4 million pounds of shells get thrown out every year in just one coastal county, you can see little bits of crab shell in the soil
By Gregory Jackson
Merwin’s Wharf zero organic waste week gave us a treat: 25 pounds of crab shells, which we composted at Forward Church’s Willow Community Garden. This week also brought challenges in residential leaf donations, leaves were buried under a half a foot of snow, but we managed to pickup leaf donations and mix it with crab shells.
The average coastal county will waste about 4 million pounds per year of crab shell waste, when Patrick Condon of Chesapeake Bay discovered crab waste is a great natural fertilizer and saves space in landfills, and founded New Earth Services 21 years ago. At Wal-Mart Stores (WMT) they sell crab shell as a natural fertilizer for $16.06 for a 4-pound bag.
What is the benefit of composting shells?
Groundz has been composting egg shells for the past year, allowing them to crunch and pulverize as other food waste material is added. Crab shells contain chitin, a natural bug repellant and great source for nitrogen, phosphorous, calcium, and magnesium. Jeff Holden, owner of Portland Shellfish (in Maine), created a composting business about 14 years ago, using his company’s own shell waste. He used to donate the shells to a potato farmer, but the farmer was not storing the shells properly, according to Maine’s Department of Environmental Protection.
Composting shells like crab strengthen plant’s defenses against insect (thus a natural “insecticide”) when added to the soil, by mimicking the presence of chitin creatures like insects. The plant produces small quantities of chitosan, an enzyme that breaks down chitin; it’s like a natural “immunization” for the plants natural defenses in the event an insect or exoskeleton of fungus, or nematode eggs are made of chitin. As chitin, in the form of crab shells or added to the soil through compost, the plant with build up defenses. However, not all fungus or nematode are bad for plants, in fact fungal, bacterial, and nematode diversity are good for soil ecology, as Groundz learned in our most recent compost sample tested at earthfort lab.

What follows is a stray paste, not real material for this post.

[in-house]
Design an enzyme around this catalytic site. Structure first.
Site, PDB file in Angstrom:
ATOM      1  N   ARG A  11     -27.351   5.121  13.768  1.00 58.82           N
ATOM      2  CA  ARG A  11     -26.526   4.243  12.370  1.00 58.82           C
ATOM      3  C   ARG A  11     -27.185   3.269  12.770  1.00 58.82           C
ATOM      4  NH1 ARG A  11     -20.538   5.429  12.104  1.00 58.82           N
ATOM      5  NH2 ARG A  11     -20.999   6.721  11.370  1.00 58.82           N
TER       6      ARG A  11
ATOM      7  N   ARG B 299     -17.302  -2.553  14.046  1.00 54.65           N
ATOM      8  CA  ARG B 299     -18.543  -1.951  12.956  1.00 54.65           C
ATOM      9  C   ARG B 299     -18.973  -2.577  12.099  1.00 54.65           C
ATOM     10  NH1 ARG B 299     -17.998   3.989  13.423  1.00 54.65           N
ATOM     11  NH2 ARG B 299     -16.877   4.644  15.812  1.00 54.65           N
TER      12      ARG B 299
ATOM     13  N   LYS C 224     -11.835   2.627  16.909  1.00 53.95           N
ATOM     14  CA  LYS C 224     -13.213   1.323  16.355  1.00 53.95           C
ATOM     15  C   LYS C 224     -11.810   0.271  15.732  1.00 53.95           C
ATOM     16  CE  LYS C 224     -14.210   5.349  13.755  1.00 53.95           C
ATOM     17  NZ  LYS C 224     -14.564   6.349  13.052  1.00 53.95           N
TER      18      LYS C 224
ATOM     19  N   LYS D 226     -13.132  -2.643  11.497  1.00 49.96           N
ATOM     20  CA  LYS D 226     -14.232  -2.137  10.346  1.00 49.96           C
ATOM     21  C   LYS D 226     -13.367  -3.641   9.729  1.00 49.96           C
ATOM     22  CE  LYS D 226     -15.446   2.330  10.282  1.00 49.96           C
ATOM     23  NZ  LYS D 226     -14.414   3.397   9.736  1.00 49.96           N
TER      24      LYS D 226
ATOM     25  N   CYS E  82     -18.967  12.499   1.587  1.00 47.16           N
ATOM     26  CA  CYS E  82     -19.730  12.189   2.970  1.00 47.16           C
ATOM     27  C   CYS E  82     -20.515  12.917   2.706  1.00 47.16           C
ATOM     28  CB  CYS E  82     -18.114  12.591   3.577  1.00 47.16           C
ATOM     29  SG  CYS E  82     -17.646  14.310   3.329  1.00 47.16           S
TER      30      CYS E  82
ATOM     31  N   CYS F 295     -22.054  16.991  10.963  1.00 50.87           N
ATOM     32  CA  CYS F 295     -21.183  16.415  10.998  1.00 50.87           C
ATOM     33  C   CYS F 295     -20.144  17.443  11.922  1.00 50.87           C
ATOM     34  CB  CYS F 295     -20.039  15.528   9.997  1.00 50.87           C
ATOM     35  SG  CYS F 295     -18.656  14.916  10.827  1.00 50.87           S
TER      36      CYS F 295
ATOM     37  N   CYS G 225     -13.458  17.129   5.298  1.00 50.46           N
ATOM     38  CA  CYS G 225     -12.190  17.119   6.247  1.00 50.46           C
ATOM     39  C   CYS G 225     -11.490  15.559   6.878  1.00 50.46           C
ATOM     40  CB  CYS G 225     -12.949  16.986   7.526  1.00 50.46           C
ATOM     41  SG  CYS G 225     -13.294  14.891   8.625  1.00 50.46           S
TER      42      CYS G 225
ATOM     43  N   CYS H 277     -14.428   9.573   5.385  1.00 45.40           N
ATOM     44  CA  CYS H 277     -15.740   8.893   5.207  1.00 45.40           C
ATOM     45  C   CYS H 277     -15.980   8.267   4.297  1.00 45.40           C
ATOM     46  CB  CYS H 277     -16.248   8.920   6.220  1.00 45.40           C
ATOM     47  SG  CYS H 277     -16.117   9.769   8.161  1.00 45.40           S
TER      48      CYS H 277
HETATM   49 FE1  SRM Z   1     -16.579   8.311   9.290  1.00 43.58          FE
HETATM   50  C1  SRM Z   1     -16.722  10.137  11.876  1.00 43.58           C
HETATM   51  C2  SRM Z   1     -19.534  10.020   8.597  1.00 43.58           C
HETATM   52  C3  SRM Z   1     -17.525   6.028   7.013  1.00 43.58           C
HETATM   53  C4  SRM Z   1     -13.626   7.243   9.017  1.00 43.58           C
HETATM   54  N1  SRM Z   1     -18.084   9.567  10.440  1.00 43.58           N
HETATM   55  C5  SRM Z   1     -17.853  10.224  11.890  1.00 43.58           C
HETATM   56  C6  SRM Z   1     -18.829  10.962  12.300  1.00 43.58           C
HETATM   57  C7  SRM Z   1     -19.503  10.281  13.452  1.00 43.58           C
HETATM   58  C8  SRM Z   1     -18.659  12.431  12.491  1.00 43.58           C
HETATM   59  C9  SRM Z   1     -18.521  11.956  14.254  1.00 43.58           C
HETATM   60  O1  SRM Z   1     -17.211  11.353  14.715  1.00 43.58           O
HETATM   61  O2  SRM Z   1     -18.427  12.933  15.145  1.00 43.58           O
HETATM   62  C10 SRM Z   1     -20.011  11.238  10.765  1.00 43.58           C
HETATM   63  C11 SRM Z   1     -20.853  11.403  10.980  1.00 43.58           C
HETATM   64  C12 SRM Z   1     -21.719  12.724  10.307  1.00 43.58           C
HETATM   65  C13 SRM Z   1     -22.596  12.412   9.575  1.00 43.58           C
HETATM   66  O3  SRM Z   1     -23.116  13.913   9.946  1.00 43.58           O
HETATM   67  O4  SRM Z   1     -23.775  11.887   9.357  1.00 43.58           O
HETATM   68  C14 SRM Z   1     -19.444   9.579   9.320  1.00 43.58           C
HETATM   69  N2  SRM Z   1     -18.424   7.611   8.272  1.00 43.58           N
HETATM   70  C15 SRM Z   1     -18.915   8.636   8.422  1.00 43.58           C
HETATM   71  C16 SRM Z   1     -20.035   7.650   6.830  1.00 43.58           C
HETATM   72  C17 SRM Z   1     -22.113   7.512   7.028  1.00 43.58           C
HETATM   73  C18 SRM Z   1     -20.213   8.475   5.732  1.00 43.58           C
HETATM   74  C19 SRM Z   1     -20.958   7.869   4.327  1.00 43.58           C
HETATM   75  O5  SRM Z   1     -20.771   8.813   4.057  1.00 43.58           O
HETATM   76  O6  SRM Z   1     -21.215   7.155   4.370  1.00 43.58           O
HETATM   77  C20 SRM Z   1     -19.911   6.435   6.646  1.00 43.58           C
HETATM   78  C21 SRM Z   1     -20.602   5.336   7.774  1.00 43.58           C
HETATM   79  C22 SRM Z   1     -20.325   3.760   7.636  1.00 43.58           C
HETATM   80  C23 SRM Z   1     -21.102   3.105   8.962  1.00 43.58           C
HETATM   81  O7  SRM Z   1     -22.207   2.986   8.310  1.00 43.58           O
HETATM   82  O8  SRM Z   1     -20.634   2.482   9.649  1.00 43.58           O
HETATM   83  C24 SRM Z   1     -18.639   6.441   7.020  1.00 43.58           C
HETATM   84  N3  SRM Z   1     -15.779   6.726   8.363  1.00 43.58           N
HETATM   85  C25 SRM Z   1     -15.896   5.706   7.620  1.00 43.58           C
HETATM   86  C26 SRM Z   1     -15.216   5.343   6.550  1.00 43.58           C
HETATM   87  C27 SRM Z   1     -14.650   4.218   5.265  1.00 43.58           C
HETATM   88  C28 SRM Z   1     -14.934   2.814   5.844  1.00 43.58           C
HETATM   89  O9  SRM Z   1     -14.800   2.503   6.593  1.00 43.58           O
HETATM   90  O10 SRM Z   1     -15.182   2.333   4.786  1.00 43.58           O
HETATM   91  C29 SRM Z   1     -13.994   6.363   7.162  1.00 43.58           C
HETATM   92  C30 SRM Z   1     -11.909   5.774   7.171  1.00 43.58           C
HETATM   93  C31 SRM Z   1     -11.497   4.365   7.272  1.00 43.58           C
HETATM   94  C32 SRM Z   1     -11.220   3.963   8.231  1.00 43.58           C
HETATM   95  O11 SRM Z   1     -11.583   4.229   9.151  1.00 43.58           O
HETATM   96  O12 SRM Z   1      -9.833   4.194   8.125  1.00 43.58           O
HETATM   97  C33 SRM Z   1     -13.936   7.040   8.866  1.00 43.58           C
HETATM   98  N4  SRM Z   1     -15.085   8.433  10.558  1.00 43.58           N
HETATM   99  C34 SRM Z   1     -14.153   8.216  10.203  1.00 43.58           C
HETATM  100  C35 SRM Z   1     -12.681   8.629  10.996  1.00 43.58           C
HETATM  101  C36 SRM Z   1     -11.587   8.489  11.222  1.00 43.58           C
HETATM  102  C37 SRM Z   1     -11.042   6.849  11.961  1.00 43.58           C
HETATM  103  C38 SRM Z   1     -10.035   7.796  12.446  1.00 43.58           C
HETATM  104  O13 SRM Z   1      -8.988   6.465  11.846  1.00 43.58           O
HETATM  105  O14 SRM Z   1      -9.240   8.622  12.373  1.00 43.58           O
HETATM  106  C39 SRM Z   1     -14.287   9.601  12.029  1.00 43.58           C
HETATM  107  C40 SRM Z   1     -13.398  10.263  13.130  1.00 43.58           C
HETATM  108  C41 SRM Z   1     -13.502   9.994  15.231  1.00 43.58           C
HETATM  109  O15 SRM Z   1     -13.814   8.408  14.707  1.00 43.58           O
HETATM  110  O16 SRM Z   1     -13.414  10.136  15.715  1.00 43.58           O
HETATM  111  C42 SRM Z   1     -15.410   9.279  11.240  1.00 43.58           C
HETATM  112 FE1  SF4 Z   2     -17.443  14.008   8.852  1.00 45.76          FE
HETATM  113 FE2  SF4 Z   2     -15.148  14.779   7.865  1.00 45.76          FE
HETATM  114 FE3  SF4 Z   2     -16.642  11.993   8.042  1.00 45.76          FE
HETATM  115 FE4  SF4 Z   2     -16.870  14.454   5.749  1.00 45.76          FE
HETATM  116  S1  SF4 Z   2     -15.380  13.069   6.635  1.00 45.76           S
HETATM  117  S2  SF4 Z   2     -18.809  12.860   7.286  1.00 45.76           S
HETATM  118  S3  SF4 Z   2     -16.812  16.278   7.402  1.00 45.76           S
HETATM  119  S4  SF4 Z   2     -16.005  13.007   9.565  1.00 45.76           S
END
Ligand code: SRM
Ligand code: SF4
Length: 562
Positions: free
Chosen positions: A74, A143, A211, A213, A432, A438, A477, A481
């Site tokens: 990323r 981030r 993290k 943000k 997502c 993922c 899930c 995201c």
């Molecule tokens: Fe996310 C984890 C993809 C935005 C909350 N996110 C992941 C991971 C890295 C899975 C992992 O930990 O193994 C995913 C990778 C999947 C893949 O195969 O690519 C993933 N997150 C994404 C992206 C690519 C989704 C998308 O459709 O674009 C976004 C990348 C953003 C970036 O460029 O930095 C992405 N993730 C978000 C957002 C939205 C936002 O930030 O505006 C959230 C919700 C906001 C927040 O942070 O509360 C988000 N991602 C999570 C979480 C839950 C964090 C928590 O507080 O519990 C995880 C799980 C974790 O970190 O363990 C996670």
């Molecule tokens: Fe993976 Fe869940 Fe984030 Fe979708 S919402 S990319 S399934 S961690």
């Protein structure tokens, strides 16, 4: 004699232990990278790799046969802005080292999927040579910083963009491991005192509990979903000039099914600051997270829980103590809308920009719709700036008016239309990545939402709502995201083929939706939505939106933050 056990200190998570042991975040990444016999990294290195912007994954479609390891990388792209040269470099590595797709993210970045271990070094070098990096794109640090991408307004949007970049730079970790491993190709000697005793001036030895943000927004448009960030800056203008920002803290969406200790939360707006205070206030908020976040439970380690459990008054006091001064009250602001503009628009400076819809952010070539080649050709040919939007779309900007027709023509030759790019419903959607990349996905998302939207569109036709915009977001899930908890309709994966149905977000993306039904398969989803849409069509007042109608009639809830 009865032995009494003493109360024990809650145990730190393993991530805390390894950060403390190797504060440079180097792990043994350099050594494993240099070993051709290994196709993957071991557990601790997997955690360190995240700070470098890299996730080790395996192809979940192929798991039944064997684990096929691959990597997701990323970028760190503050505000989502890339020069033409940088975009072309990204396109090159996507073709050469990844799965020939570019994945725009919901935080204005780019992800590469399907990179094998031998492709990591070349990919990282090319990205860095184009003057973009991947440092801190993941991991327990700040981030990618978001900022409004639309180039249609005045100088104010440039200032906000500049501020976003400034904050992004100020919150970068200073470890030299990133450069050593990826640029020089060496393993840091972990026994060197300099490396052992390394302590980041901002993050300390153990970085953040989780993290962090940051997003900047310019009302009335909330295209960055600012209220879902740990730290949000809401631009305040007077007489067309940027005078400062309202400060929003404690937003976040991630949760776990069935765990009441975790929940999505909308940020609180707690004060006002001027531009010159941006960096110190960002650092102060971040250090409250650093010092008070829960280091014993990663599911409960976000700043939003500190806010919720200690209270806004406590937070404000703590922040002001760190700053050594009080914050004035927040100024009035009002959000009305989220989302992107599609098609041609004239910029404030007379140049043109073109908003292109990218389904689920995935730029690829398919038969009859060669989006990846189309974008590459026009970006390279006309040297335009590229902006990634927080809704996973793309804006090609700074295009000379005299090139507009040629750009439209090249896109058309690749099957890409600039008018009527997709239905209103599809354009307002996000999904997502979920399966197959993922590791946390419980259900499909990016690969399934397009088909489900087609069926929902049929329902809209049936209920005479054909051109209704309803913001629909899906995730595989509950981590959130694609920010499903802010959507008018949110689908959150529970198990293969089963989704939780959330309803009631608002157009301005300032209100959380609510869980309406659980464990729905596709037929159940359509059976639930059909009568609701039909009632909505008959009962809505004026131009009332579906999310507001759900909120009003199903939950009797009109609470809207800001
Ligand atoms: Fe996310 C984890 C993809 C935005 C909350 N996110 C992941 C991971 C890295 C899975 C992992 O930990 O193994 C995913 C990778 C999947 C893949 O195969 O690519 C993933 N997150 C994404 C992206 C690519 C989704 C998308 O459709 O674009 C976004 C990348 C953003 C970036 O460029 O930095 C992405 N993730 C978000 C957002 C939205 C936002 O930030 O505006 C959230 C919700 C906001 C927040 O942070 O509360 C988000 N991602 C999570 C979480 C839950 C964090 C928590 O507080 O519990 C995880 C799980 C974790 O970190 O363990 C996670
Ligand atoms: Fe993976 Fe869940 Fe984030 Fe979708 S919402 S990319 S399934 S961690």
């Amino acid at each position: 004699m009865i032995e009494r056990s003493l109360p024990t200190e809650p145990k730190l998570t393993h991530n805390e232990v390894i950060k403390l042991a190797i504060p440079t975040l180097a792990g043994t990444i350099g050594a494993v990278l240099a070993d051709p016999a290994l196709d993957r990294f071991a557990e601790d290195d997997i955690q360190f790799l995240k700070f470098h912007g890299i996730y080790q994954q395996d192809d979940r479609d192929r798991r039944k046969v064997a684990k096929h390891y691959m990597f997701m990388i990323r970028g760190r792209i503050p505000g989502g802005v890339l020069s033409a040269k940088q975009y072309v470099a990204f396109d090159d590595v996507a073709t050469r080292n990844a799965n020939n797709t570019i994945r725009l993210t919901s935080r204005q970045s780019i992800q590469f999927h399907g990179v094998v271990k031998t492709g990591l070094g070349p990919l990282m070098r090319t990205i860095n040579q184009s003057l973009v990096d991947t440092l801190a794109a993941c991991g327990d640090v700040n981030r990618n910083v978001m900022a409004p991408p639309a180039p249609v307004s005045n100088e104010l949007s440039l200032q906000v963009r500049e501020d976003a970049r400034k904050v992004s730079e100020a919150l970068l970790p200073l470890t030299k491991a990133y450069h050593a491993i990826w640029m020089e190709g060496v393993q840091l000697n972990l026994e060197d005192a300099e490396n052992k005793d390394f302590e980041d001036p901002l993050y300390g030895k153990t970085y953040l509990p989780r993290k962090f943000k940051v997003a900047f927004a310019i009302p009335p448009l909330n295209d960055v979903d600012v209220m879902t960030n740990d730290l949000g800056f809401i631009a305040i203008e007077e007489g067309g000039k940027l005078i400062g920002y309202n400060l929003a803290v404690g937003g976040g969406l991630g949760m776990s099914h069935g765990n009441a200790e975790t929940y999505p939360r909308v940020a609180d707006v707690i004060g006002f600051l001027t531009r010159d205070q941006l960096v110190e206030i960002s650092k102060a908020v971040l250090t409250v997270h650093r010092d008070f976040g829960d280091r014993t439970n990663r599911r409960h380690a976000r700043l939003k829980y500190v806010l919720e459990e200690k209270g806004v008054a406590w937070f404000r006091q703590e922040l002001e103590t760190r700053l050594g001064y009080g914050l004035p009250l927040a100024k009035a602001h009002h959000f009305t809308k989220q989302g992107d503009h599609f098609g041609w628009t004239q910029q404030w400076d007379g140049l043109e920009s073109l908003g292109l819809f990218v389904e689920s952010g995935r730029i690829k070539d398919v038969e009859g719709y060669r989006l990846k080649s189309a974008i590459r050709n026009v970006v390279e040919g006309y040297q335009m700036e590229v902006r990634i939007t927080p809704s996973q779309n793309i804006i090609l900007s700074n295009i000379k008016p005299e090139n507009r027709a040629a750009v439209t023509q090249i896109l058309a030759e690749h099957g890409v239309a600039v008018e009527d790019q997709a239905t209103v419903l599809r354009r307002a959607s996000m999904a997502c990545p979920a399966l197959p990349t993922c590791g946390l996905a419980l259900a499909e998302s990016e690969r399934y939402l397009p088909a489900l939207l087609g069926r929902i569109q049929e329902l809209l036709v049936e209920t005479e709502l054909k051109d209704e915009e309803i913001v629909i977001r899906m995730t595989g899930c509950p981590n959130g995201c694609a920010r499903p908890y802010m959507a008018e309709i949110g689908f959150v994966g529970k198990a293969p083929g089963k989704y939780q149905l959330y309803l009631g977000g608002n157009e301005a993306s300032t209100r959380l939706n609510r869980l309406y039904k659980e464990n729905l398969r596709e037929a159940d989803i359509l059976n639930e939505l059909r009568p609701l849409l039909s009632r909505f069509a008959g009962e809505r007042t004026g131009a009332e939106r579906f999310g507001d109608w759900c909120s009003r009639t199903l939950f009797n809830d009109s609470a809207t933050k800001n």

The other component of adding shells (which contain minerals like calcium) is soil integrity. Try to get past the idea of “perfect looking compost”. We tried for months to sift our compost of material not looking like soil, for instance shells, sticks, leaves. If there is no smell and you cannot tell where your food waste went, in a complete assortment of composting materials, then we would say just go ahead and add compost to your beds, as is. The reason is because material like shells will naturally take longer to break down because of minerals, which are meant to take longer in soil ecology. This brings two benefits. First, imagine a piece of shell or leaf mixed into your soil; soils compact over time and the shell can serve as a “roof” underground, which improve drainage, a place for future roots to grow, and aeration. Secondly, mineral richness in soil contributes to clay (which despite popular belief of getting rid of clay soils is good), actually serves as a type of “backbone” for humus to adhere to. Without clay in your beds, humus you create with compost will only last a couple years in the soil from rain and rinsing, but when it binds to clay, humus will last decades in a much needed bio-accumulation of nutrients and minerals.